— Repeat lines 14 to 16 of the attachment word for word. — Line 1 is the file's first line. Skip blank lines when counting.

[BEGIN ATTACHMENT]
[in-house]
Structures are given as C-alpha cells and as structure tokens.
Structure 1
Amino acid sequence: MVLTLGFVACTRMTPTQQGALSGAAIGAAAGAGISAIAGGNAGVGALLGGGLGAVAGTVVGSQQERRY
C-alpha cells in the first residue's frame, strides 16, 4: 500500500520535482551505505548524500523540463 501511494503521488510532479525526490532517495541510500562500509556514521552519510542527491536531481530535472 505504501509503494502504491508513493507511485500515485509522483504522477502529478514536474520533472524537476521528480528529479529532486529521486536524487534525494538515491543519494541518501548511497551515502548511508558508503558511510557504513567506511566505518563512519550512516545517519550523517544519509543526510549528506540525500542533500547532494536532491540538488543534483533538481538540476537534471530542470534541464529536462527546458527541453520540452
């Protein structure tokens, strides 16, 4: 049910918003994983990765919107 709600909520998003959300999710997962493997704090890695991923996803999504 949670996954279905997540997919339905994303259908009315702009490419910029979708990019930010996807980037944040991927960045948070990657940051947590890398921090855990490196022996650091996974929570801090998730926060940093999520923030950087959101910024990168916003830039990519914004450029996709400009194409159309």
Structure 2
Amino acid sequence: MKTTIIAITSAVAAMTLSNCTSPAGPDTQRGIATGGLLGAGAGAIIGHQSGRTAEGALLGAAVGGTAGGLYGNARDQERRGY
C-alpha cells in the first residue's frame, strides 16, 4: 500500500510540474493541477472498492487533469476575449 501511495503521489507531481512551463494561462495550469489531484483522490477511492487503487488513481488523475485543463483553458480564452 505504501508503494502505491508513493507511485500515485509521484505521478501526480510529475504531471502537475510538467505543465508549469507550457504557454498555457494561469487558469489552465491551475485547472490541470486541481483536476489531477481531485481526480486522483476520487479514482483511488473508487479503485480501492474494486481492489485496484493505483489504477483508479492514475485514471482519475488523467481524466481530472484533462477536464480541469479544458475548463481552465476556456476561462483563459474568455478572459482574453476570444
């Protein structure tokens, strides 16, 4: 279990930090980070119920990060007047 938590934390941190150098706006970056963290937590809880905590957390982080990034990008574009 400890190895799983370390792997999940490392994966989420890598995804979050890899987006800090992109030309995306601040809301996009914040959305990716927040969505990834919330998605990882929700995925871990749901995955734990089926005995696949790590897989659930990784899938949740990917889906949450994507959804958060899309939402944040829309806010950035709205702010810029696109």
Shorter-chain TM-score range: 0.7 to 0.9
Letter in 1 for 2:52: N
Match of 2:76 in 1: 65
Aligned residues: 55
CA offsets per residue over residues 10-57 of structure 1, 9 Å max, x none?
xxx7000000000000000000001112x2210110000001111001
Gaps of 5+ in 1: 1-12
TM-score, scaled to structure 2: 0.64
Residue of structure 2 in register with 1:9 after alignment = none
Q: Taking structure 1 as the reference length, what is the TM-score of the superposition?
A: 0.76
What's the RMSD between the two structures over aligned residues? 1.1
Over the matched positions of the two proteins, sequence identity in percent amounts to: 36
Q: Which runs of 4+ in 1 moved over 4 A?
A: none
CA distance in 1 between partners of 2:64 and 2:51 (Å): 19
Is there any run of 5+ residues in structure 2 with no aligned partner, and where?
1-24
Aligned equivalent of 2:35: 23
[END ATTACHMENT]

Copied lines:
Aligned residues: 55
CA offsets per residue over residues 10-57 of structure 1, 9 Å max, x none?
xxx7000000000000000000001112x2210110000001111001